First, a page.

If you say so. What do we usually mean when we say, “If you say so”? My husband and I were just talking about this a few weeks ago. Isn’t it a polite way of saying we don’t agree, but we don’t want to argue about it? Or maybe we are really saying, “You’re wrong, but I am going to go along with what you are saying because I don’t want to hurt your feelings or get you upset.” This is my take on what Peter is really saying. “Jesus, I am going to do this because you are asking me, and I like and respect you and am grateful that you healed my mother in law and all, but it isn’t going to work. It’s a big waste of time and energy.”
The fishermen are ready to be done for the day! They are tired and discouraged. Now someone who has no experience with commercial fishing or boating, for that matter–the son of a carpenter from Nazareth, perhaps 40 miles southwest of Capernaum–is telling Peter how to do his job.
But despite Peter’s lack of faith and “If you say so….” attitude, the Lord still blesses Peter for his obedience! Our attitude doesn’t change God’s plans for us. Our attitudes don’t cancel out God’s grace that covers all our sins! God wants to bless us beyond our imagination, not because we deserve it, but because God loves us and has a plan for the salvation of the world that includes us! But we have to be obedient to the leading of the Spirit or we will miss the blessing. Don’t miss the blessing!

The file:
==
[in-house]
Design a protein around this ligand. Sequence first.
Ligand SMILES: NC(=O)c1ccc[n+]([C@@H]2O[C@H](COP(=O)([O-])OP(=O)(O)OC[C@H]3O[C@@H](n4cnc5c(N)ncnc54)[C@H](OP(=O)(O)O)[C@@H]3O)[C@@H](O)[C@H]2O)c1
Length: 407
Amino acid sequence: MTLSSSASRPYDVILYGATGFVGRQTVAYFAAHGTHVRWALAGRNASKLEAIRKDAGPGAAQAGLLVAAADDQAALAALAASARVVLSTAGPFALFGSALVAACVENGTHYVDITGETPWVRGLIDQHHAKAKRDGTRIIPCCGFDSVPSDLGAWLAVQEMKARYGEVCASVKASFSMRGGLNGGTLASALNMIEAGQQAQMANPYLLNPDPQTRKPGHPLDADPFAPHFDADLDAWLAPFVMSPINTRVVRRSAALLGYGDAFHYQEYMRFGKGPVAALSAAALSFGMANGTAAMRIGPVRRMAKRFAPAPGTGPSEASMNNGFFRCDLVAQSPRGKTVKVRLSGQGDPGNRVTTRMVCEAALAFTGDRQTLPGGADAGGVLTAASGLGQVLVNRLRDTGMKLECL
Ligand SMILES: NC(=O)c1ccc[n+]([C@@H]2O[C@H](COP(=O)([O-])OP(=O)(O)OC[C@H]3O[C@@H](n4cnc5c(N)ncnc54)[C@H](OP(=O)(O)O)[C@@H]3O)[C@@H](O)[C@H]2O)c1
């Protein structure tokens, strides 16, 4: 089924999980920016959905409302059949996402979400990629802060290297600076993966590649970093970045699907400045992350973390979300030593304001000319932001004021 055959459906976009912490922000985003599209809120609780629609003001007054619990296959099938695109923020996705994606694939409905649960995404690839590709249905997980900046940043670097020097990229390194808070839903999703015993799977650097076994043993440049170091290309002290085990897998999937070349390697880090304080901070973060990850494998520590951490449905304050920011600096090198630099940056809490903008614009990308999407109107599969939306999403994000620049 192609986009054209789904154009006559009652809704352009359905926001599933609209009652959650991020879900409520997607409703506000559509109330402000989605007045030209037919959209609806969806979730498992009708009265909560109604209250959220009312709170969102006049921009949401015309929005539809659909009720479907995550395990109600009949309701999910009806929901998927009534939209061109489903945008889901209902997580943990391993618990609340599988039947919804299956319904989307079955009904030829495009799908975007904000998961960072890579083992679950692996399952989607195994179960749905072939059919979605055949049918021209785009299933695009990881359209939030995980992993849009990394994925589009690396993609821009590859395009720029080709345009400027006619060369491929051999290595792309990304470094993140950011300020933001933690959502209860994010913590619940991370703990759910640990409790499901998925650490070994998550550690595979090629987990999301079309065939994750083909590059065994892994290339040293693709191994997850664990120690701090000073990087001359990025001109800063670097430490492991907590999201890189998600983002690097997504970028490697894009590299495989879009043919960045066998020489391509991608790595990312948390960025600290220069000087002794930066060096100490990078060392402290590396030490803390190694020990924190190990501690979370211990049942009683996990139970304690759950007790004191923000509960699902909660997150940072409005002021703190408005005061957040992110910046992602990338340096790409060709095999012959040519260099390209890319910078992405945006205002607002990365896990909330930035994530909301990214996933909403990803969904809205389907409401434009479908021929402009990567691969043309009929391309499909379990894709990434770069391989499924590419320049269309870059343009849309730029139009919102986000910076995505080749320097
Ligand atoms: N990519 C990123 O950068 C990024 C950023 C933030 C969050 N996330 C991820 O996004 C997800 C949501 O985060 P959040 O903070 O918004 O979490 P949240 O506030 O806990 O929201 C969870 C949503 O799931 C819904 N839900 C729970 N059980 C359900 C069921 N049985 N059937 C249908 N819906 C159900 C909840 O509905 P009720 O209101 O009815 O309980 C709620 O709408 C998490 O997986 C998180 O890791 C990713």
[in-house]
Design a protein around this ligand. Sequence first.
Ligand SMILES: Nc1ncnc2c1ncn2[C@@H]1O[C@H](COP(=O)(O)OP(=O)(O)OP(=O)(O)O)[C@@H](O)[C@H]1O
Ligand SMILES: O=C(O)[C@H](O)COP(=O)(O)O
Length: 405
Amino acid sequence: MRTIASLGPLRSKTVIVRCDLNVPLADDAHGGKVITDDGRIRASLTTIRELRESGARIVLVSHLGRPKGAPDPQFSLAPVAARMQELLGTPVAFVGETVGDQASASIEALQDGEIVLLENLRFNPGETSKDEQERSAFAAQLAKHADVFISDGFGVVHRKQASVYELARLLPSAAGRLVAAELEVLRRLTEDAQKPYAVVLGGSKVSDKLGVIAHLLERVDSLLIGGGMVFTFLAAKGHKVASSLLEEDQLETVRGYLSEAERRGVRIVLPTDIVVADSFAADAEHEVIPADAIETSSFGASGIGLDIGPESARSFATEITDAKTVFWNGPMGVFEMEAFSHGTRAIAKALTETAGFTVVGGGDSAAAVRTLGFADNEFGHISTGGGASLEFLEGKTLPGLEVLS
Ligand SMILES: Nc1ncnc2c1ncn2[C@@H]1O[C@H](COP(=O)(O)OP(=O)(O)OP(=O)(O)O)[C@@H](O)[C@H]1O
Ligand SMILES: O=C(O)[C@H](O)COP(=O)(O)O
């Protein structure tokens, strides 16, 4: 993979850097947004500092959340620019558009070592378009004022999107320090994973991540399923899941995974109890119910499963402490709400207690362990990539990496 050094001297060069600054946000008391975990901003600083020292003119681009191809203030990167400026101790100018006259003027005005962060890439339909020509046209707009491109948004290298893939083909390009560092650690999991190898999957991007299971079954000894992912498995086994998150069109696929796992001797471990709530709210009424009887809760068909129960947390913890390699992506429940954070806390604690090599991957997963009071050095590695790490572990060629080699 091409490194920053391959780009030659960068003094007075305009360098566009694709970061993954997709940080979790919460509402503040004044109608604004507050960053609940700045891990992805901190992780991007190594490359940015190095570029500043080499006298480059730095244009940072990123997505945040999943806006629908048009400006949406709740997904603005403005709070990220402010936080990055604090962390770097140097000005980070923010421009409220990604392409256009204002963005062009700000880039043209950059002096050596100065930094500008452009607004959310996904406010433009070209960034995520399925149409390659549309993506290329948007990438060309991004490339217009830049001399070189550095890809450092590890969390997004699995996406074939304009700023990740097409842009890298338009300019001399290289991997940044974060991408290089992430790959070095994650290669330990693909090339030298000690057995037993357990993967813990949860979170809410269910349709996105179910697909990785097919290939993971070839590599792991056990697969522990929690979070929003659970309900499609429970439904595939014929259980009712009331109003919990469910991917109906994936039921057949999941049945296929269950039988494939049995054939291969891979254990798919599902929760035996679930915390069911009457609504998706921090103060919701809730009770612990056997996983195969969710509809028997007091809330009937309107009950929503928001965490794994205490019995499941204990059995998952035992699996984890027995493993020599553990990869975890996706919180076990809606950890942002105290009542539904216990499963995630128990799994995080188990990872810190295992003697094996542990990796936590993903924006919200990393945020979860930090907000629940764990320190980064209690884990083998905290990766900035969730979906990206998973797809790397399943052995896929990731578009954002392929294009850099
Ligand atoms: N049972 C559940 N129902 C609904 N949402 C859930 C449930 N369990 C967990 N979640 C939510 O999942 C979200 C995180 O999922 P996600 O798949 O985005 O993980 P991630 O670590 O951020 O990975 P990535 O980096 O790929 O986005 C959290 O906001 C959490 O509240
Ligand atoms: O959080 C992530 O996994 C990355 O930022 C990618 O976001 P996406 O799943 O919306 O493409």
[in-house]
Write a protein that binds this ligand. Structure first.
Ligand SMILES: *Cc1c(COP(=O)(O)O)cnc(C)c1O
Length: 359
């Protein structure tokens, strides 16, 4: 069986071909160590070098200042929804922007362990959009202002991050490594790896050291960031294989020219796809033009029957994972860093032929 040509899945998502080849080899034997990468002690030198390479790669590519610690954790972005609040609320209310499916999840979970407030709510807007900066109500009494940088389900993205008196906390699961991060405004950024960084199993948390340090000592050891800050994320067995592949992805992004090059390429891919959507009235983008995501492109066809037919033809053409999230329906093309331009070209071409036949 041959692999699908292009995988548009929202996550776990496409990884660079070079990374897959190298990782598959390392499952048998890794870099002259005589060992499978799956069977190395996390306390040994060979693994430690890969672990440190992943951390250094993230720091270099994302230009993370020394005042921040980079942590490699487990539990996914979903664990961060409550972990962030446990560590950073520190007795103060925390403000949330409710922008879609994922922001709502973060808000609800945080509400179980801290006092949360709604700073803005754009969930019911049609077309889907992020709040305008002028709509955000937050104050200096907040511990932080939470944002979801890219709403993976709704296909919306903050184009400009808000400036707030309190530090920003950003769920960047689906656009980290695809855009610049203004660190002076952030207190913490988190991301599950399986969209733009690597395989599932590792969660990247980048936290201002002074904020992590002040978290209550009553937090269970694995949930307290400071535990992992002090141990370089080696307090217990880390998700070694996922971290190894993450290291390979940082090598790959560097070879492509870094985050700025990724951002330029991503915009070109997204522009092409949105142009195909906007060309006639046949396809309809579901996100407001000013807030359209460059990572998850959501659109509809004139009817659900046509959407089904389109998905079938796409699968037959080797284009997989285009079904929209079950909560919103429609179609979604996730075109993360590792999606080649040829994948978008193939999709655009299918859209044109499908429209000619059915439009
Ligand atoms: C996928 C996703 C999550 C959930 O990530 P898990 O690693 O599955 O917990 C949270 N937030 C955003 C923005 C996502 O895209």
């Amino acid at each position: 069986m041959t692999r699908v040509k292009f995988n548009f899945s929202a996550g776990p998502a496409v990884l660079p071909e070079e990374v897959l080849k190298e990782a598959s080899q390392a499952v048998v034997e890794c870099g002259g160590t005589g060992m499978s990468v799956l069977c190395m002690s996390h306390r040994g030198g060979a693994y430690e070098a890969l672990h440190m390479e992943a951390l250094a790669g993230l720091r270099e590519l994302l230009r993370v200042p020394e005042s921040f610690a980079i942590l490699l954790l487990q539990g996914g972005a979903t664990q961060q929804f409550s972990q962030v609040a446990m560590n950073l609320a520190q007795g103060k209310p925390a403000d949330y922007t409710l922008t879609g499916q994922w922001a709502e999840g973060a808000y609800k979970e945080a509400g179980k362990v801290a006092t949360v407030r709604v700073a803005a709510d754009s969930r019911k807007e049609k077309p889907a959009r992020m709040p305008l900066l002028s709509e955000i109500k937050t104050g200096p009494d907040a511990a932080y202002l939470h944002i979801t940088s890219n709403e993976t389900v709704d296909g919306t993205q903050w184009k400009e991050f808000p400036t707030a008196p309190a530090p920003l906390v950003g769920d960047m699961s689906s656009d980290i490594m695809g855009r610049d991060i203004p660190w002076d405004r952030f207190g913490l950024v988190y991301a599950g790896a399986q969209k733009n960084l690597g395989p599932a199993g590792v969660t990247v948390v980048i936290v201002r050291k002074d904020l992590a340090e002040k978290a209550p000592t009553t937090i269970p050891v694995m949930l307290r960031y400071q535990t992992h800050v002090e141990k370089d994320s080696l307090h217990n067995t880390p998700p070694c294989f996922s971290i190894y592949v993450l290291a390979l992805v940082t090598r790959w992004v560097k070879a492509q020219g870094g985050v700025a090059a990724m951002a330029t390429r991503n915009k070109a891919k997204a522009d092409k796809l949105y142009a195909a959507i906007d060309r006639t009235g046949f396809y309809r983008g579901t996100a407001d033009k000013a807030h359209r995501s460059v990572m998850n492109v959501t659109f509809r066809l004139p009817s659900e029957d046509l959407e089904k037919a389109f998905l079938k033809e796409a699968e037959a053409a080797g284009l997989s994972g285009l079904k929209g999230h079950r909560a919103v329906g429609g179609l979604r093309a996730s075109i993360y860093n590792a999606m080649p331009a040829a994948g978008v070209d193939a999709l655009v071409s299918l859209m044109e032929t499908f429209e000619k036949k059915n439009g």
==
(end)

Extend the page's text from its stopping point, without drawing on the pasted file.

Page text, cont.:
The call is still valid for me and for you! And there’s a lot of work to do! Just look around our community. Many people don’t trust churches anymore! They don’t think the Bible is relevant or that God and God’s people are concerned about their wellbeing.
But it’s OK if we are struggling to work out what “catching people” means in our lives! What should the Church do to reach out to our community for Christ? How can we make a difference?
We can be sure that it means cultivating loving relationships with people outside our comfortable circles of friends. Certainly, it means reaching out to people who aren’t being nurtured in the faith and knowledge of the Lord. It will mean taking risks and letting go of things that give us a false sense of security. It will mean letting go of fear.
Let us hope in the One who wants to bless us with abundant and eternal life. Join with me in serving the One who suffered and died, so that we could be made right with God and reconciled with each other. Let us help one another be obedient to the Word and Spirit, though we might be tired or discouraged, and tempted to say, “If you say so…” rather than, “Here am I. Send me!”
Let us pray.
Holy One, we are Peter, falling down in front of your son, crying out how sinful and unworthy we are of your call to discipleship. Yet you pour out abundant blessings on us and embrace us with your love and grace. Teach us what we need to know and equip us to effectively minister to one another and to our community. Help us to be a light to all who walk in darkness, to those who have been hurt by church, disappointed by God’s people, or simply feel they have been let down by everyone in their world. Open our eyes to the beauty of your present and coming kingdom all around us, and the glory of the One who died to set us free from our sinful humanity. In Christ’s name we pray. Amen.